Giant sunspot has doubled in size in 24 hours and it’s pointed at Earth
An enormous sunspot that has doubled in size in only 24 hours is now facing Earth—meaning it could send a solar flare our way.
Sunspots are dark areas on the sun’s surface that are associated with intense bursts of radiation. They appear dark because they are cooler than other parts of the sun’s surface.
Sunspots are relatively cool because they form over areas where the sun’s magnetic fields are particularly strong—so strong that they prevent some heat within the sun from reaching its surface.
These tangled magnetic fields can sometimes suddenly reorganize themselves. When that happens, a sudden explosion of light and radiation is propelled away from the sun in the form of a solar flare.
The sunspot that has been growing in size recently is known as AR3038. Footage from NASA‘s Solar Dynamics Observatory on Sunday shows how the sunspot has evolved over the past day or so, twisting and contorting.
“Yesterday, sunspot AR3038 was big. Today, it’s enormous,” reads the SpaceWeather.com website. “The fast-growing sunspot has doubled in size in only 24 hours.”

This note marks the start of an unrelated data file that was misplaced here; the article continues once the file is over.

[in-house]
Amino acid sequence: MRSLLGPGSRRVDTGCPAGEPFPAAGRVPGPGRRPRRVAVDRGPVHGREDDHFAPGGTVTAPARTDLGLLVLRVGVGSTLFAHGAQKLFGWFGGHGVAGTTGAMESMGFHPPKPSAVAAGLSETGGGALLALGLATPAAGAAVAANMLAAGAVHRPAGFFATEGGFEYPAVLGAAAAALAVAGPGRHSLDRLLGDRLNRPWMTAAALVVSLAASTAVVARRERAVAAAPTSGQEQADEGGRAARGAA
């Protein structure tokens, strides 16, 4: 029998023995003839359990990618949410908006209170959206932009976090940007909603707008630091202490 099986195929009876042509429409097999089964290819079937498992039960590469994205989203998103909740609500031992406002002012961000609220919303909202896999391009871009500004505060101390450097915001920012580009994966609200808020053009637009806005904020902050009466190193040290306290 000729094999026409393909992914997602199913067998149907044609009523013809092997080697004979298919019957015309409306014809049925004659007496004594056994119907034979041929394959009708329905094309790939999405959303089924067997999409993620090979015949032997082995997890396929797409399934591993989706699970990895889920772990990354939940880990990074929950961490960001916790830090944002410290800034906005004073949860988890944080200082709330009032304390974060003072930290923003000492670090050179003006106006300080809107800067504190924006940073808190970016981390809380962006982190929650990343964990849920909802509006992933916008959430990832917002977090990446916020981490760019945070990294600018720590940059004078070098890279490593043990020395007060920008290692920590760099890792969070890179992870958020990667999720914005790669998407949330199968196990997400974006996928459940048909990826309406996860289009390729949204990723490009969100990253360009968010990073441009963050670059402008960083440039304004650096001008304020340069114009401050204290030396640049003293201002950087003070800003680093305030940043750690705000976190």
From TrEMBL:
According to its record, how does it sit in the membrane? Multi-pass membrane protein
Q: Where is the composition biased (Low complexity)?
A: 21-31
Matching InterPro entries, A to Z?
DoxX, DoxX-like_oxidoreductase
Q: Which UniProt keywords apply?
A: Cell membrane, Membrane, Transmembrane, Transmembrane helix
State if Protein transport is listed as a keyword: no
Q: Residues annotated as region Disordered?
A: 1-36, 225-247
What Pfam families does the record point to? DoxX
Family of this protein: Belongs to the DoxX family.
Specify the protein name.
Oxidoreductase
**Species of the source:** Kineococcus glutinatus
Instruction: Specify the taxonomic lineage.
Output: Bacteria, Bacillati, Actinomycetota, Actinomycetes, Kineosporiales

The magnetic field associated with the sunspot means it could potentially send an M-class solar flare at Earth—the second-strongest type. However, it is not known whether this will be the case.
As of Monday morning the National Oceanic and Atmospheric Administration’s Space Weather Prediction Center (SWPC) hadn’t issued any solar flare warnings.
If strong enough, solar flares can cause disruption on Earth, interfering with radio communication networks and navigation systems. This can cause problems for people who work in the marine or aviation industries, among others.
That said, it’s worth noting that an M-class flare would probably not be particularly disruptive in any case. Although M-class flares are the second-strongest type of solar flares, they only tend to cause moderate radio blackout events. An M9 flare, the strongest of the M-class, might cause loss of radio contact for tens of minutes in affected areas of Earth and degradation of low-frequency navigation signals. M-class flares are also common.
It’s the less common X-class flares that can cause more serious trouble. X-class flares are the strongest type of flare. An X20 flare, for instance, would cause complete high frequency radio blackout on the daylight side of Earth for several hours, and boats and planes would not be able to use navigation signals during this time.
Thankfully such flares are very rare, estimated to occur less than once every 11 years—the length of an average solar cycle.